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What IS That?

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A mom explains what it's like to have a child with hemangioma.


Guest Blogger Edmond's Mom: In the blur of my first experience of childbirth ... a room full of equipment, tubes, needles, keeping an eye on my darling weak-kneed husband, a half dozen nurses (where the hell IS my doctor anyway?!) and now 12 hours later ... a new baby girl! Red, wet, misshapen head ... we listened intently for a cry. Whew! You barely have a moment to look at the lil' bugger over before nurses whisk her away for weighing, measuring and more crying! Finally, finally a chance to be sure that every thing is in place: 10 fingers, 10 toes, two eyes, two ears, a cute little nose then ... what, what IS that?

I tried to be as calm as a "fresh from childbirth" woman can be. I didn't want to send my already woozy husband over the edge with the look of panic, but I kept thinking: "what IS that?" -- a large bruise on her shin, a nickel-sized flat red mark behind her ear AND a raised peanut sized red thing on the side of her head. Can someone please tell me what THAT is and how did it get on my baby? My head filled instantly with questions: Will they grow? Will more appear? This was not on my reading check list. I was not prepared to reassure my husband, giddy grandparents, friends or myself what it was or if she was fine.

My pediatrician assured me it was nothing more than a hemangioma. A what? A hemangioma. Just a birthmark that appears as a bright red patch or a nodule of extra blood vessels in the skin. Nothing to worry about. They usually go away within a few years. We will just watch it. She will be fine. I was relieved, but still a little uneasy. She was happy, healthy and thankfully didn't have that red bump square on the tip of her nose.

As the weeks went on, it was all business as usual -- diapers, nursing bras, laundry, visitors and the occasional question, "What IS that?" Always politely asked, well almost.

There was the occasional uncomfortable pause, someone afraid to ask. There was the uncensored nine-year-old boy who got under my skin with incessant questions and asked to touch them. But as a parent, a NEW parent, we had to decide how we would react. Would we be weird? Could we be calm? Overly protective about something relatively small? Our vote was for no biggie. Just a thing. We are watching it, but it will go away in time. No biggie. Our reaction seemed to be contagious. It was looked at, a teensy bit of medical explanation, then forgotten about. No biggie.

Pediatrician Dr. Cara Natterson weighs in:
This mom is right-on in many ways. First of all, hemangiomas are quite common. Most don't appear at birth, though; rather they tend pop up over the first 3 to 6 months of life. At first they grow but after a few months -- quite suddenly -- most stop growing and shrink down. Hemangiomas are almost always benign, so doctors tend to be quite casual about them and parents learn to do the same pretty quickly.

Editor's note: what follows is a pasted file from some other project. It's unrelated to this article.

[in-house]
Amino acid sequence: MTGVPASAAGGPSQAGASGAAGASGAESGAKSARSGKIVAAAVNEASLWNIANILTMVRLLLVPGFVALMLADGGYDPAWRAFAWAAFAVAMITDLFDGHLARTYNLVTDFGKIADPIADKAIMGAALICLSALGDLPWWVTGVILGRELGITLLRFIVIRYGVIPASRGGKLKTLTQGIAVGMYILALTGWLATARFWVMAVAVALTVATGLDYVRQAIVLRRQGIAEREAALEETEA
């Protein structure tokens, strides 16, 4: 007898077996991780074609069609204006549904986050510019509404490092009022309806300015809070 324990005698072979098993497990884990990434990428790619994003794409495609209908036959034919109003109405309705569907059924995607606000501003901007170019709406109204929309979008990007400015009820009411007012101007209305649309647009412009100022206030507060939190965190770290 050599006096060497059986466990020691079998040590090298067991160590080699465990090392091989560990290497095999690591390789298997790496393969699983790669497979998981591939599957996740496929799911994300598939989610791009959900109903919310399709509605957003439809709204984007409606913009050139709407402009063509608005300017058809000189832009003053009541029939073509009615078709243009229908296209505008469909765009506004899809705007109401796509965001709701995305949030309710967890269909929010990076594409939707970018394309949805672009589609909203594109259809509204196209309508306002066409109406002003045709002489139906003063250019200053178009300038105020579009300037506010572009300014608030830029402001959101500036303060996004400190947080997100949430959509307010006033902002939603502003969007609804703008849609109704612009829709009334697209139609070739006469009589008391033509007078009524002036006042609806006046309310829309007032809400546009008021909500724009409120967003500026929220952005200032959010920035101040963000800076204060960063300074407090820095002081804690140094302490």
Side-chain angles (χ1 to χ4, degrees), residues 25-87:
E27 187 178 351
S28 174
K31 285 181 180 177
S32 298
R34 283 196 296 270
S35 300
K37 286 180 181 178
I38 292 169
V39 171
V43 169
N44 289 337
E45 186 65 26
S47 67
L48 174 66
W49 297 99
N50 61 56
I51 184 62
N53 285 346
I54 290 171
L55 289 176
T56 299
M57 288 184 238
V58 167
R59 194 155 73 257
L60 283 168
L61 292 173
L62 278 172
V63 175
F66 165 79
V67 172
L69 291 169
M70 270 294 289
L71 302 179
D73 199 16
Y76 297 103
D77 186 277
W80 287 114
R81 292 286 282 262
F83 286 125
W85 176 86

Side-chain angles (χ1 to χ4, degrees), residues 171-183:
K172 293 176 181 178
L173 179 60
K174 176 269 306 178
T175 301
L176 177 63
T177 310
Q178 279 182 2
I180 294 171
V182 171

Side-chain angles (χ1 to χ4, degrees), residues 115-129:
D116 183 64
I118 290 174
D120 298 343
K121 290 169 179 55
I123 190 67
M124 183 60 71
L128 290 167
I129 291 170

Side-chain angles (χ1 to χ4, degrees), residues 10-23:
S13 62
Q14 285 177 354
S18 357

There are some infants with large hemangiomas -- I've seen a one the size of a dollar bill. But this isn't at all the norm -- most are tiny (pinpoint) or, at biggest, the size of a quarter.

If the hemangioma is disfiguring or if it is really big or if it is in an area where it the skin rubs something and can break easily (I had one patient with a hemangioma on her shoulder and she often irritated the area while moving in her sleep), then a dermatologist or plastic surgeon can use a laser to shrink it down. But most of the time -- I mean probably 99% of the time, maybe more -- we do nothing except watch them shrink away on their own.

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4 comments so far | Post a comment now
mama_chita November 17, 2008, 9:24 AM

My (now 19-month-old) daughter has an hemangioma on the roof of her mouth. Since it is in her mouth, she sees an Ear/Nose/Throat specialist. He explained that the typical ‘cycle’ for most hemangiomas is that they grow most ‘aggressively’ during the first year, then might continue to grow or could ‘stabilize’ through the second year, but then they typically begin shrinking. In my daughter’s case, it seems to be a little smaller and less-red now, than it was through her first year.

cg November 17, 2008, 10:39 AM

my 4 yr. old has an hemangioma that we named “herman”( i’m one of those people who have to name everything). we were really worried when she was an infant but now it’s shrunk, not in size or diameter but it’s not as full and is quite flat, so we don’t worry about it. i realize this one would natrually get more attention cause it’s on the baby’s face and my daughter’s is on her chest. so i hope everything turns out alright for your lil pumpkin- she is adorable regardless.

MA November 17, 2008, 12:44 PM

My daughter also has one in her hairline. After it started growing, it was big and puffy, and I was so afraid that kids would make fun of her in school. Kids and adults would ask what it was, and it would almost make me cringe. I felt so bad. Luckily, It did start to get smaller (it was a cluster of three actually and one was bigger than the other two). Now, it is flat, pale, and hidden by her hair! :)

birdsfly November 17, 2008, 1:17 PM

My three year old has a cavernous hemangioma (raised) on his forearm near his elbow that takes up much of his forearm. It showed up the day of his three month check up and will hopefully get smaller eventually. It doesn’t bother him, but it also hasn’t seemed to get much smaller, just him getting bigger.

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